Monday, September 12, 2016

99 Bottles

Have you ever wondered why you never see Plastic beer bottles?  
Well, I do.  
We see gazillions of plastic water bottles, soft drink bottles, even 1.75 liter bottles of booze are common as dirt, so why not beer?
It would seem plastic bottles would be ideal for the beach, or the pool, or anywhere glass bottles are prohibited, but I've never seen one.
The answer may be that I just wasn't paying attention.  
Miller attempted to introduce plastic in 2014, announcing that 2% of their production would be packaged in plastic bottles.  I'm not sure where they sold them, but I never saw any here.  Heineken (an official sponsor) shipped over a million plastic bottles to London for the 2012 Olympics. Several companies offer plastic beer bottles for the home brewing industry - they may actually be more common than glass bottles.
Reasons given for not using plastic don't seem to hold water beer.
It has been said that plastic will not hold up to the heat needed for pasteurization, but the fact that it has been done by several breweries seems to give the lie to that.  The other common excuse is that plastic is more permeable than glass, so beer in plastic can lose carbonation.  It doesn't seem to affect the millions of soft drinks bottled in plastic.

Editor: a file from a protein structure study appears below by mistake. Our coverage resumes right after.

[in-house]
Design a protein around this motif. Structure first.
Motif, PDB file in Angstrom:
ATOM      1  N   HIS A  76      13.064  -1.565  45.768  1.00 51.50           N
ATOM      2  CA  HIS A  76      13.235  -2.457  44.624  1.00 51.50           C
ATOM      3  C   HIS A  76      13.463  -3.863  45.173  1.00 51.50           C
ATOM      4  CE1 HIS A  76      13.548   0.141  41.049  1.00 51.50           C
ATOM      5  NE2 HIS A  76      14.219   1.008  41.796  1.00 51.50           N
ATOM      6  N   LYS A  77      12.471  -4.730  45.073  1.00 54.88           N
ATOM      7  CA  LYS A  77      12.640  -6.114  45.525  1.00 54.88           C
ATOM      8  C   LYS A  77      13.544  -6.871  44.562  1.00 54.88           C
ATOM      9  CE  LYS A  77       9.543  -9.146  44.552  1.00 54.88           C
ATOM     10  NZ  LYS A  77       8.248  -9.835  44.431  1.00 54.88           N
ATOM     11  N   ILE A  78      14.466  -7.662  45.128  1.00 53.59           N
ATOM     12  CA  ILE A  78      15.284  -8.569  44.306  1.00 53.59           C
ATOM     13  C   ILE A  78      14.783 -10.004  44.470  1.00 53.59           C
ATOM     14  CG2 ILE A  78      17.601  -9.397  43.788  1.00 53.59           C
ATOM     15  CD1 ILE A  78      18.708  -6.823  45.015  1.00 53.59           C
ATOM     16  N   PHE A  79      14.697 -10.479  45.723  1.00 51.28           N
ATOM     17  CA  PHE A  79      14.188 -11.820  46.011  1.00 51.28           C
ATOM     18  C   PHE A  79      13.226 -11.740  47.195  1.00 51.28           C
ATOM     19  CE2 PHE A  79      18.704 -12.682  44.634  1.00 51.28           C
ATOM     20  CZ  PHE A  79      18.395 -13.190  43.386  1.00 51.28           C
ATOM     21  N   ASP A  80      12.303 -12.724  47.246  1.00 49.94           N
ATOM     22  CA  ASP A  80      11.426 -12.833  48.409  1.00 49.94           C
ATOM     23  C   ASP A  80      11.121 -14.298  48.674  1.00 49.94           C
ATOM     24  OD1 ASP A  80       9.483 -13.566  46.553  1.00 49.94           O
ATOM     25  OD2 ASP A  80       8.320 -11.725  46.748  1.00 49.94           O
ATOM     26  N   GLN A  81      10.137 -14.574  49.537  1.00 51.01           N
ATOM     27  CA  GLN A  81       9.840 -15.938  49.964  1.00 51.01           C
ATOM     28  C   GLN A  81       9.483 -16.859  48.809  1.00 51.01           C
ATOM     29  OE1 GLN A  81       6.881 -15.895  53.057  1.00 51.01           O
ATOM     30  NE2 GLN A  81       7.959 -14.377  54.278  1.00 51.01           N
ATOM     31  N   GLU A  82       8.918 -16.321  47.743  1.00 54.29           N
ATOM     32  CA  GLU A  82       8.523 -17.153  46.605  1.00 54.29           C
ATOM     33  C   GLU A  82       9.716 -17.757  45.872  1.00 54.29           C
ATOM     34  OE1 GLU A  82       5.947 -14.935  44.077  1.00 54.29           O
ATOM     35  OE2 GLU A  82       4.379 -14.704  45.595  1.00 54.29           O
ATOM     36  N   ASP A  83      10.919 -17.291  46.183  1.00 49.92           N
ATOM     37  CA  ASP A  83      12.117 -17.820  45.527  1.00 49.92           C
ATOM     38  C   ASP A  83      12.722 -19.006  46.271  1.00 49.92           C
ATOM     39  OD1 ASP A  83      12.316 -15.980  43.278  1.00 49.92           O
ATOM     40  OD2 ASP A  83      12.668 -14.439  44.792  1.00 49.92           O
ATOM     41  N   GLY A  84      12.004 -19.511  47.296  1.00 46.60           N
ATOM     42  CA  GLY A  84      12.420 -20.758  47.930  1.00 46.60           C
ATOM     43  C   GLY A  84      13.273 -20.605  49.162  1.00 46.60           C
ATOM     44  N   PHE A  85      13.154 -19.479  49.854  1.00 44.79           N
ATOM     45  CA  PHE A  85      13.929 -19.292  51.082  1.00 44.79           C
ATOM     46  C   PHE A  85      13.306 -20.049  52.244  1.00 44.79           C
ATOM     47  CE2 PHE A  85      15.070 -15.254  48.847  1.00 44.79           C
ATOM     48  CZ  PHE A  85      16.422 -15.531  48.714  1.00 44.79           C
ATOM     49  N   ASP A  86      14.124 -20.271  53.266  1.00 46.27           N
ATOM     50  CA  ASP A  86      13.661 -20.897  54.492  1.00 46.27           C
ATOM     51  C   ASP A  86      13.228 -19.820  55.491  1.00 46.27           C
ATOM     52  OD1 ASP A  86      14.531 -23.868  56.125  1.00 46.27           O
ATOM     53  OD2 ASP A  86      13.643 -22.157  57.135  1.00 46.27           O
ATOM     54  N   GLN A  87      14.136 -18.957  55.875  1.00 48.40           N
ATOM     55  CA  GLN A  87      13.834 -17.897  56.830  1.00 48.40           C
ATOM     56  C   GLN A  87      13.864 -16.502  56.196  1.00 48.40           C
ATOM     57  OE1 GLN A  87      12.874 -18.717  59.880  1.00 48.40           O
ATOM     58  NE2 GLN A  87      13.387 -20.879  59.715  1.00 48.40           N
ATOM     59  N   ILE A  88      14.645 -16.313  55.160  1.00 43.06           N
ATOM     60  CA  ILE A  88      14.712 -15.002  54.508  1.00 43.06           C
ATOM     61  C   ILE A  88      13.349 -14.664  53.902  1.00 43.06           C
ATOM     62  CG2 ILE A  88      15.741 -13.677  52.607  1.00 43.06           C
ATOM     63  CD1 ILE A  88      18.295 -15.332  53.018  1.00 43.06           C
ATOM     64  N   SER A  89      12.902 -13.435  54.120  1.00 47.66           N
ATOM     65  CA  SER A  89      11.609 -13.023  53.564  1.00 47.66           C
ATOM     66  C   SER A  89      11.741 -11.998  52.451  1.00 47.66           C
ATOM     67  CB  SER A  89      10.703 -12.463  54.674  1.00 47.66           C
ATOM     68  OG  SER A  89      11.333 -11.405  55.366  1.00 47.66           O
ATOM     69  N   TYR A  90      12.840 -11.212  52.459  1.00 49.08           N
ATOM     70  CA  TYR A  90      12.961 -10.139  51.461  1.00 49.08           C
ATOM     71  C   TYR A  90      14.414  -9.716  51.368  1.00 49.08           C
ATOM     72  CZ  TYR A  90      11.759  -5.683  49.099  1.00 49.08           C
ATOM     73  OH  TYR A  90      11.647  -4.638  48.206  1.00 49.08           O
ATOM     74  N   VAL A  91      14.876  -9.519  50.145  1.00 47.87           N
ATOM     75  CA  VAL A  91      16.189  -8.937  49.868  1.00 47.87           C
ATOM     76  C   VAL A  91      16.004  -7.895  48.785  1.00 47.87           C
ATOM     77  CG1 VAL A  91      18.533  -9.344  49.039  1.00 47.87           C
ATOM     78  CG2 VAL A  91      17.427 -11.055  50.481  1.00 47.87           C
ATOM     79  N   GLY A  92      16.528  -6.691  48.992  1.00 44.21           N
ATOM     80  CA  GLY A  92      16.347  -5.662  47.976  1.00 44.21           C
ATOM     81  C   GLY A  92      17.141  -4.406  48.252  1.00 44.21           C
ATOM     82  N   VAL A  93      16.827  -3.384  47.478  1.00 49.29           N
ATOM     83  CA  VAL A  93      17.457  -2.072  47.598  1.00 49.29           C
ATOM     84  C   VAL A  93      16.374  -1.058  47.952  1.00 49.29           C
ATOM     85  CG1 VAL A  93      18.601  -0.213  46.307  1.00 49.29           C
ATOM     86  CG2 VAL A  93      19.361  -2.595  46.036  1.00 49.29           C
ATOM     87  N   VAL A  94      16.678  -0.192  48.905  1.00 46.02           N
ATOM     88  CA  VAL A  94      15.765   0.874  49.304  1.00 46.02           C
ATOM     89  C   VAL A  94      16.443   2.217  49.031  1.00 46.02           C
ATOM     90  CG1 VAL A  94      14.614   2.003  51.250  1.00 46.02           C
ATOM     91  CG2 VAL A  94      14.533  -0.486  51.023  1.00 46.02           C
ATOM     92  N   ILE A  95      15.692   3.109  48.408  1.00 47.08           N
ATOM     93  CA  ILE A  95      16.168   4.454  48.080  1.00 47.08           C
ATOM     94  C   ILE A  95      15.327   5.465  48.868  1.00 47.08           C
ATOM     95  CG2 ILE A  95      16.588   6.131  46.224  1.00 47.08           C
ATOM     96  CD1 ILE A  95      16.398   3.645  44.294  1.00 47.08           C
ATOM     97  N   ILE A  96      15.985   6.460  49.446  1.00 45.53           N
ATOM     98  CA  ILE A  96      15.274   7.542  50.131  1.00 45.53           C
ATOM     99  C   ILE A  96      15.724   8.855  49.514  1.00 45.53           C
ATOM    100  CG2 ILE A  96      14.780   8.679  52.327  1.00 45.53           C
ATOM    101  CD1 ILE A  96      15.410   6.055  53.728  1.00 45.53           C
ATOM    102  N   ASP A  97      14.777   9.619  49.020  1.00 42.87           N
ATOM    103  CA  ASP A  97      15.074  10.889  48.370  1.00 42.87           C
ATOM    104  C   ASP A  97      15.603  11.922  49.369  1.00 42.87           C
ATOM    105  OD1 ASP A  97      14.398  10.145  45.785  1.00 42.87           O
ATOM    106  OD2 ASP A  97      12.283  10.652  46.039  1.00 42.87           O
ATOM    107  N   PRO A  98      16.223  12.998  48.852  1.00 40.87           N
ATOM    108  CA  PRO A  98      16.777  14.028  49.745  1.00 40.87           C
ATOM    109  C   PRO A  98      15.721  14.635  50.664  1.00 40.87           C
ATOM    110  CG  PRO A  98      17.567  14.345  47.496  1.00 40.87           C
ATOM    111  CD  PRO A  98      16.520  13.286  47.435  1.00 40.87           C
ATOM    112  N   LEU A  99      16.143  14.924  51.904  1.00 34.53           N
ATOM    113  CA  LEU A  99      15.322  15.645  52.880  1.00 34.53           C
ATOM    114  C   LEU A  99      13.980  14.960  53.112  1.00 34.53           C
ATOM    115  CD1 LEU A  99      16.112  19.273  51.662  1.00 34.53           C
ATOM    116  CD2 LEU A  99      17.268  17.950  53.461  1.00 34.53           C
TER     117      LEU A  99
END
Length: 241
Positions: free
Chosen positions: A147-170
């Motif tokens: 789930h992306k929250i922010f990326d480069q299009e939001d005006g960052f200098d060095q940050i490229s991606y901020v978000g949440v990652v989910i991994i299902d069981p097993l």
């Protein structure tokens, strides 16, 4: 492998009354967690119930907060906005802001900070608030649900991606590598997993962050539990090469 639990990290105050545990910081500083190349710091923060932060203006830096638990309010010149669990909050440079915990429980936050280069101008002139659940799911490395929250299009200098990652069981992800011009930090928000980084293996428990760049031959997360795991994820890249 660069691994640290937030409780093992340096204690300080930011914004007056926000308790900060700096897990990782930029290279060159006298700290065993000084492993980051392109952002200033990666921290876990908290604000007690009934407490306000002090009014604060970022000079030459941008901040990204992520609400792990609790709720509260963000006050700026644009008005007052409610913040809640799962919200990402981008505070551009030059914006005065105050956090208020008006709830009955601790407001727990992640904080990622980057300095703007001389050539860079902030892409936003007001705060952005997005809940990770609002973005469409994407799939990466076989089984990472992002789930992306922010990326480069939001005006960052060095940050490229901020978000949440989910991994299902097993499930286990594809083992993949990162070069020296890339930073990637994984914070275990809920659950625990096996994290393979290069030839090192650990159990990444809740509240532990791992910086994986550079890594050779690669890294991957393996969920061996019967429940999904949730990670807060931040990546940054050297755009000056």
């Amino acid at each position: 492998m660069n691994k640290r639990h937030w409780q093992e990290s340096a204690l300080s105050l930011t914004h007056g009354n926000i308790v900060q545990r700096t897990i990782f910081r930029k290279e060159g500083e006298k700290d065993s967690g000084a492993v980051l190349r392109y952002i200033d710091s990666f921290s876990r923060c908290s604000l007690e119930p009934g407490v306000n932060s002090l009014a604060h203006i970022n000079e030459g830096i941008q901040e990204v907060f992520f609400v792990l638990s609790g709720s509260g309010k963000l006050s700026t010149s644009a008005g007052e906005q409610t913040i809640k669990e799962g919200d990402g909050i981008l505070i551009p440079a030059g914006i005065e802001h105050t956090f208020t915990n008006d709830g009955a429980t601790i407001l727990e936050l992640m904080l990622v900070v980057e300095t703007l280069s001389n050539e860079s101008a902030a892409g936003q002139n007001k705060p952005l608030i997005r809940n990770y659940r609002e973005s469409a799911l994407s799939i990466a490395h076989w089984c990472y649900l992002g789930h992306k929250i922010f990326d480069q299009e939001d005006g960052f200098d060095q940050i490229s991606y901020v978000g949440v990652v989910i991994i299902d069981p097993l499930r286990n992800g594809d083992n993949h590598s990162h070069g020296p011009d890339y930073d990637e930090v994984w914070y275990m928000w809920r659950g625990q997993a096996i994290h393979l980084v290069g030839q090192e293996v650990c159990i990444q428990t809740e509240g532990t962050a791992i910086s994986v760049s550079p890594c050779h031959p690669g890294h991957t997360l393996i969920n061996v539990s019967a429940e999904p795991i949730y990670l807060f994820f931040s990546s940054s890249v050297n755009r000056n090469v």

Even so, the vast majority of beer comes in glass bottles or aluminum cans, with a slight edge (53.5% in 2012) going to aluminum cans. 
I should point out that even those aluminum cans are lined with  plastic, and that plastic contains BPA (bisphenol A) an endocrine disrupting product that has been banned in baby bottles and sippy cups. BPA has been associated with cognitive issues and some forms of cancer, but I wouldn't worry about it.  At the low concentrations in can linings, that much beer will kill you long before you're affected by the plastic in the liner.

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